Human-in-the-loop – refers to the process of inserting humans into machine learning processes to optimize outputs and boost accuracy. HITL is widely recognized as a best practice technique in machine learning: examples include Facebook’s photo recognition algorithm which invites users to confirm the identity of a photo’s subject when its confidence falls below a certain level.
Hyper Parameters - are used to tune artificial intelligence algorithms by taking preassigned values during calibration steps.
Hyper Parameters Tuning - is the process of assigning optimized values to hyperparameters by methods such as grid search of a predefined loss function.
Image Analytics – is how information from image data is extracted and analyzed using digital image processing. As well as identifying faces to establish age, gender, and sentiment, image analytics algorithms can also recognize numerous features simultaneously (including logos, objects, scenes, etc.). The use of bar codes and QR codes are simple examples, but more complex uses include facial recognition and position and movement analysis.
Image Recognition – is technology that can identify objects, places, people, writing and actions in images, using machine vision in combination with a camera, statistical approaches and artificial intelligence.
Image Search – refers to the use of specialized data search tools to find images. Google™ Image Search and the Microsoft Photos® are examples of image search engines: both provide users with images like their queries (keywords, links or even other images).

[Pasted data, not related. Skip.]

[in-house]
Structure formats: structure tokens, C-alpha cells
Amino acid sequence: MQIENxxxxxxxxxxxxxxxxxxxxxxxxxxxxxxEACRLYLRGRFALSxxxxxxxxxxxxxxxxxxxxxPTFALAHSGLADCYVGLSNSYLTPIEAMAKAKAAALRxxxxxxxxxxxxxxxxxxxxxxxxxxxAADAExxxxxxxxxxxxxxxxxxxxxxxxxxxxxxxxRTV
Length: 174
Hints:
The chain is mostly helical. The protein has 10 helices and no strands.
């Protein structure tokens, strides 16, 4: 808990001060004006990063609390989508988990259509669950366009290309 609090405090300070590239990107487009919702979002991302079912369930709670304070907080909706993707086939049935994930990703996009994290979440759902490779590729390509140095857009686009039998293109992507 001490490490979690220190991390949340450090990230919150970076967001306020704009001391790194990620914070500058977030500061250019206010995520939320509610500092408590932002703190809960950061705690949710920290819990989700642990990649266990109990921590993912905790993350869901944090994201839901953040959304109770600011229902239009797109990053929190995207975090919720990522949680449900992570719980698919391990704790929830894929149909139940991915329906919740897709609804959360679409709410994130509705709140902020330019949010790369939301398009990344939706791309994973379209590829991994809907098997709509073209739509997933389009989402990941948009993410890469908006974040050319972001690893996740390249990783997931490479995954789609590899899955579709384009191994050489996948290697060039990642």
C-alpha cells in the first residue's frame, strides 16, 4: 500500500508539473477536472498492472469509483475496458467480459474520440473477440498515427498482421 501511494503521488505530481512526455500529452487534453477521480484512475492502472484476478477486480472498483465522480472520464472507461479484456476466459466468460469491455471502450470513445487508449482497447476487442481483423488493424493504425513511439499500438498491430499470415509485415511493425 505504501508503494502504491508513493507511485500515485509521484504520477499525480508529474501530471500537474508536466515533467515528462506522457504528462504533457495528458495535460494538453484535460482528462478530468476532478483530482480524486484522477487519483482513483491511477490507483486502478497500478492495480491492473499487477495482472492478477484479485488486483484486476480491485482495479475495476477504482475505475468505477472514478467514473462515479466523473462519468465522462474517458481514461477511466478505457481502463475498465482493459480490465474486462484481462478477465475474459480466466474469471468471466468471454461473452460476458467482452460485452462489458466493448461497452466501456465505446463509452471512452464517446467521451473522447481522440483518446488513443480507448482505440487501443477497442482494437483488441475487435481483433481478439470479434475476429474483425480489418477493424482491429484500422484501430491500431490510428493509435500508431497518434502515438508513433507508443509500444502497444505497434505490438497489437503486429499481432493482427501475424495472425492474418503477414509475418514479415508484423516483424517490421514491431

Inductive Reasoning – is a process where evidence and datasets are used to reach specific goals. In practice, this should not be much different from normal programming because it works on datasets already present, instead of constructing them.
Information Distance - is a metric for measuring the similarity between two objects. It is used in many algorithms, for example, in unsupervised clustering to find the groupings of similar objects. [Also see Levenshtein Distance as an example.
Information Retrieval - is a field of computer science that focuses on tools, processes and capabilities to extract, sort, and organize actionable information from disparate sources.
Information Theory - is a field that studies mathematical quantification of information, its transmission, and encoding. It is a fundamental basis for the modern design of information communication in, for example, noisy channels and/or compression of stored data.
Innovation Diffusion – is artificial intelligence’s (AI) ability to create a multiplier effect for economic growth. Innovation diffusion examples include the driverless car. Driverless cars’ AI systems will create huge amounts of data that will generate opportunities for others to develop new services and products. For example, insurers will generate new revenue streams from their ability to cover new risks and offer customers new, data-enabled services. Urban planners and others will also be able to take advantage and create new services – for example how they charge for road use. Other AI-enabled technologies could have a similar impact and create growth across a broad spectrum of adjacent commercial activities.
Intelligent Automation – refers to an automation solution that is enhanced with cognitive capabilities that enable programs and machines to learn, interpret and respond. Early adapters include solutions such as automobile cruise controls while current state of the art case would be that of a self-driving car.